I originally created it because I was looking to network with other people who are direct marketing savvy, looking to sell to consultants, experts, business owners and entrepreneurs over the internet. They’re looking to do joint ventures. I originally was looking for those types of people. I still am. That still is the core idea of what we do. Years ago, when we got started, we have a monthly conference call. Now it’s on Zoom video call. Back then it was a telephone conference call. I realized from the very first time we did that there would be nothing more boring than saying, “I’m working on this. Does anybody want to help me promote it to your email list?” There was nothing more boring than that. That would be a recipe for the group falling apart.

Immediately from the second one, I realized that we’re bringing together a small group of active people who are doing things, people out there doing things and happy to come and share both what’s working for them and what’s not working for them. From the second meeting we had, it was focused all about, “I’m working on this. I’m stuck on that.” We’re going around the room virtually seeing who can help who with what. First of all, you get help with something from other smart people because nobody knows it all. Even if you sometimes do know the answer, even if sometimes you can have an answer that would be great for someone else, it’s often hard to see for yourself. It’s often hard to see how it applies to you. That’s number one.

Number two is it builds relationships amongst people. When people have relationships, when they trust each other, when they get to know each other, that’s when they’re happy to promote each other. As a byproduct of masterminding, learning from each other, openly sharing as a group and one to one, if people happen to be at a conference, that same conference, they don’t go out to dinner together or meet for breakfast or whatever it might be. It builds strong relationships and that has since supported millions of dollars in business amongst the group. It’s probably more than that because there’s at least one member who has openly said, “I’m responsible for at least seven figures in his business growth.” The number went up the last time he said it. That’s fantastic. You’ve got to get out of your own head. You’ve got to get out of what you see.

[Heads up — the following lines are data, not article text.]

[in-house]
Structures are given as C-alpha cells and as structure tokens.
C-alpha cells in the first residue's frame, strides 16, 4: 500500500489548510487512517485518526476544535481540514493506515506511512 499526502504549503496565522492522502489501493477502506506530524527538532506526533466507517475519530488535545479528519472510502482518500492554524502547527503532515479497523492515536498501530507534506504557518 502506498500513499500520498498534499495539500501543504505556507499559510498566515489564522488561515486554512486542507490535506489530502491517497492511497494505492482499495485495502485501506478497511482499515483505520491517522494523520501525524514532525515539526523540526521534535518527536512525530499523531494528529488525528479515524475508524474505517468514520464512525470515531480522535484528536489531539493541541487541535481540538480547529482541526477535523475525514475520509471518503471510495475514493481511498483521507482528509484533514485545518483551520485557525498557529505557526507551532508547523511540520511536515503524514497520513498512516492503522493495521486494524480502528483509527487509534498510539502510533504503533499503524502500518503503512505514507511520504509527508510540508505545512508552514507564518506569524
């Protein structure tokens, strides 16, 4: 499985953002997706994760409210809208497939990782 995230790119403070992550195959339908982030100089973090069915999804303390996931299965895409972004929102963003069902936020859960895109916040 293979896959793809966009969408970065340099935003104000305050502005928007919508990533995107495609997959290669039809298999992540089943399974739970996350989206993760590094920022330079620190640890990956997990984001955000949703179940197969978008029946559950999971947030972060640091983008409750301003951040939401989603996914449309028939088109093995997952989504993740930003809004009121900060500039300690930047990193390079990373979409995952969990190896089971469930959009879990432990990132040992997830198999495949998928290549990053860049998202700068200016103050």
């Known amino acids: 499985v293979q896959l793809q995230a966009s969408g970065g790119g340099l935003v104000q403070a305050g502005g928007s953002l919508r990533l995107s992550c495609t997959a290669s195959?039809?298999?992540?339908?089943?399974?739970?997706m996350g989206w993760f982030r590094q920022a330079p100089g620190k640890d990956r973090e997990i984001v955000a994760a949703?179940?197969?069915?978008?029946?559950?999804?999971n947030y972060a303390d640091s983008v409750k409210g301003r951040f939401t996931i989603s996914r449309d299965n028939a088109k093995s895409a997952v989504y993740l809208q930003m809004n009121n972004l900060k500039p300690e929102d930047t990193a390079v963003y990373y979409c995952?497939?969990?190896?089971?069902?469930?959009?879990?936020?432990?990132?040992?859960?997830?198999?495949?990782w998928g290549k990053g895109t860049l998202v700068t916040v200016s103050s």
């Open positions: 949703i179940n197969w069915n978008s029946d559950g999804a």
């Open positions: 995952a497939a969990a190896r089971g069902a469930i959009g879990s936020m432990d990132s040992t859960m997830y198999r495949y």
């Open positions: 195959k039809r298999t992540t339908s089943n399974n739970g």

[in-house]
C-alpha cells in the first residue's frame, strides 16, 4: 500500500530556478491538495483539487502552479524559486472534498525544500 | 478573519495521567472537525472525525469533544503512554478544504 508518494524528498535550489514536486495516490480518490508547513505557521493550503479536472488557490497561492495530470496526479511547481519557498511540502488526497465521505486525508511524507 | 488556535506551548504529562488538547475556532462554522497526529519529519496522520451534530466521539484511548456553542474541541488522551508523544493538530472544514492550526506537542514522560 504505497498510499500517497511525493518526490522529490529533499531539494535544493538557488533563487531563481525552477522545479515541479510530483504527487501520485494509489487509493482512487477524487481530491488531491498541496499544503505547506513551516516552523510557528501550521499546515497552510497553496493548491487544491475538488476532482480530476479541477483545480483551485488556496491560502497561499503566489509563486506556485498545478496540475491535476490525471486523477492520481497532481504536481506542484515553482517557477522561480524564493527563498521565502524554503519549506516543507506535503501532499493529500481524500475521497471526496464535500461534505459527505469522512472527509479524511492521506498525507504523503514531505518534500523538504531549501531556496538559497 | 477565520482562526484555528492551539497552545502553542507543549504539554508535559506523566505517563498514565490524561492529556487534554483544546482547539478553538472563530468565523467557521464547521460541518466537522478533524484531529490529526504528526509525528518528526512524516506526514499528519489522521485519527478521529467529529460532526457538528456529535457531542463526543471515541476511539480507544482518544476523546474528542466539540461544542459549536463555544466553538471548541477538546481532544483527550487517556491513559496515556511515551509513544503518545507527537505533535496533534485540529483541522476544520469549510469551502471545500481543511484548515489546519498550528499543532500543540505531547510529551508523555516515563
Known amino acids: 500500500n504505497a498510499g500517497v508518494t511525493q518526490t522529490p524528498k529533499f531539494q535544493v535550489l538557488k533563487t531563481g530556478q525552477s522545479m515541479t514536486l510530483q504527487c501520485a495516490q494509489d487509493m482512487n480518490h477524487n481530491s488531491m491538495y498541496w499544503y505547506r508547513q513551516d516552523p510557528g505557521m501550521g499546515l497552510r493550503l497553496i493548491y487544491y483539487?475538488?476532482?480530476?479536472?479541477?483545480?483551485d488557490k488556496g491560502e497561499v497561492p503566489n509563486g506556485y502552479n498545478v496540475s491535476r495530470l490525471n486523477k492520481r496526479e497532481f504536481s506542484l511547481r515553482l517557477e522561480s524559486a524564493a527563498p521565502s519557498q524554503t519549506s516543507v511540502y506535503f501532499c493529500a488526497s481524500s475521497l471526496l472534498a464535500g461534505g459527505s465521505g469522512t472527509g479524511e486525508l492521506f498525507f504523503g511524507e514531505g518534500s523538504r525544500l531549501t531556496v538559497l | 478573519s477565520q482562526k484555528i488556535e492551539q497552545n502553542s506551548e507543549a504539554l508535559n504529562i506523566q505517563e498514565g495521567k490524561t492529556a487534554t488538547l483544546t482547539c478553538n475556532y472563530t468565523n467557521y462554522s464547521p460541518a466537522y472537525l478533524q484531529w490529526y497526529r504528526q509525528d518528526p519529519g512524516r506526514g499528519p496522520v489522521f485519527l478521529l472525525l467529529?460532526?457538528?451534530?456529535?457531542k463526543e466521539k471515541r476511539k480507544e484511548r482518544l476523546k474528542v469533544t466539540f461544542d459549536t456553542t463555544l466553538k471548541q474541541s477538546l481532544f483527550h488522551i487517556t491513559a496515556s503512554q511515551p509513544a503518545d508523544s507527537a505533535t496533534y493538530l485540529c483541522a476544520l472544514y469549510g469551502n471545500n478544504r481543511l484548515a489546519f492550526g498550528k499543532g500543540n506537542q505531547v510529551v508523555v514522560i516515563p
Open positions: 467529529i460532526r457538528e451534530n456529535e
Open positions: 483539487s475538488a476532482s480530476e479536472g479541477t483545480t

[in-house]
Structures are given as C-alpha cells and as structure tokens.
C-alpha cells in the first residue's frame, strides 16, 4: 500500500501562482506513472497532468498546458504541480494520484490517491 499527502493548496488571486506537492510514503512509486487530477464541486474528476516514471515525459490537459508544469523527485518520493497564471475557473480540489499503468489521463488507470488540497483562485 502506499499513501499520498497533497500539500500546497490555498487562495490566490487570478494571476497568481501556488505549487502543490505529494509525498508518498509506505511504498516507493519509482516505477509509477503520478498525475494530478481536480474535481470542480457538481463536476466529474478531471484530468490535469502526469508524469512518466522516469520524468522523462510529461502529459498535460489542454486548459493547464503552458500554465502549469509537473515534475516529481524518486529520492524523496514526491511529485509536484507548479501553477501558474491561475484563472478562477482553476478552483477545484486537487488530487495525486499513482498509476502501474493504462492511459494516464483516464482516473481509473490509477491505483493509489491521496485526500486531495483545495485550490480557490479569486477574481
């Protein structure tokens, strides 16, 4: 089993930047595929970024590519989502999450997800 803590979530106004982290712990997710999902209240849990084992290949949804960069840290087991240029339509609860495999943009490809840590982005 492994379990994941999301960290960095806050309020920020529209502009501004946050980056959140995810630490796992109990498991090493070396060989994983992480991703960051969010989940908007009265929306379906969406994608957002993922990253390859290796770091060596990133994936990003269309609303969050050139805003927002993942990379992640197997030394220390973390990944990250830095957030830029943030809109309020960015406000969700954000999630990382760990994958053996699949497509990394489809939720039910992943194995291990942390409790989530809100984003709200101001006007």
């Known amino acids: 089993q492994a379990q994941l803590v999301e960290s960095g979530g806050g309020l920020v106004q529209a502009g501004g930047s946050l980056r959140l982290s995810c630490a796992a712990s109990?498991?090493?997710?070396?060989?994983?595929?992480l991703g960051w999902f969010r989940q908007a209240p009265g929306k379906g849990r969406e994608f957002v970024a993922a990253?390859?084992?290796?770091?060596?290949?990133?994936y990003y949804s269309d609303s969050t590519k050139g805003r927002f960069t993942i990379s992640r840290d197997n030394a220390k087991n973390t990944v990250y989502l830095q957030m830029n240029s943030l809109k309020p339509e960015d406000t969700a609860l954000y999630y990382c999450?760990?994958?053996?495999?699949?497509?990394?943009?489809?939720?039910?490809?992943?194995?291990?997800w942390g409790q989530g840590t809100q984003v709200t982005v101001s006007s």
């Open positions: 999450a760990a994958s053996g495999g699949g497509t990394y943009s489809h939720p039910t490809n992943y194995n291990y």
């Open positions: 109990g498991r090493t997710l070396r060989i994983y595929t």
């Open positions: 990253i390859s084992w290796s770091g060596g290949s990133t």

Attracting Ideal Clients: If you understand the thinking behind why something works and why it fails, you’re in a position to create your own simple, repeatable marketing and selling system.

I once heard a great line from somebody. He told me, “I never want to go a week without being in a place where I’m not the smartest person in the room.” This not a pitch to your group because obviously there are certain types of people that are part of this mastermind. I wanted to open up with that because there’s something that our audience hears me speak a lot about, the power of mastermind. Our relationship started off that way, so I wanted to share it.

One more point is it’s important to have somebody who is vetting who’s in there because anybody can go to any networking event. Probably everybody in the audience has wasted a lot of time at networking events. We’ve probably also had some good experiences at networking events, but when we’re talking about masterminds, you run some program as well. When somebody has screened who’s in the group and are they a fit for what we’re trying to create, that’s where some real value starts to happen.

I’ll share one small story that happened to me. I had a group of salespeople actually that it’s not an official mastermind, but they get together on a weekly basis. It was summertime and they asked me to moderate it. We got together, it was nine or ten sales people and they asked me to moderate. I said, “We’re going to do something totally different out of your comfort zone. Each person will walk out of the room, come in and actually try to sell what they’re doing to the group.” Then the people were saying, “What?” We went around and every person got to tell the sales pitch, got rejections, got all kinds of questions thrown at them and they were trying to overcome it.

Ultimately, everybody had to rate their sales pitch and ultimately give them some feedback as far as pros and cons, how they did, so on and so forth. There was one guy there who was pretty struggling, but he actually made it through. When he sat down he said, “I had a great experience. I learned a lot but ultimately I never pitch in front of more than three or four people at max.” I said, “You’ll never know. It’s a good experience.” We had nine or ten people other than the person giving a sales pitch. He called me up later and he told me, “I have to tell you the story. It’s the first time in my life where I walked in and there were ten people sitting at the table. It’s in the construction industry. All of a sudden, the designer of the building was there and the partners were there and the developer was there. My experience gave me so much context as far as how to position my presentation when it’s a larger audience.”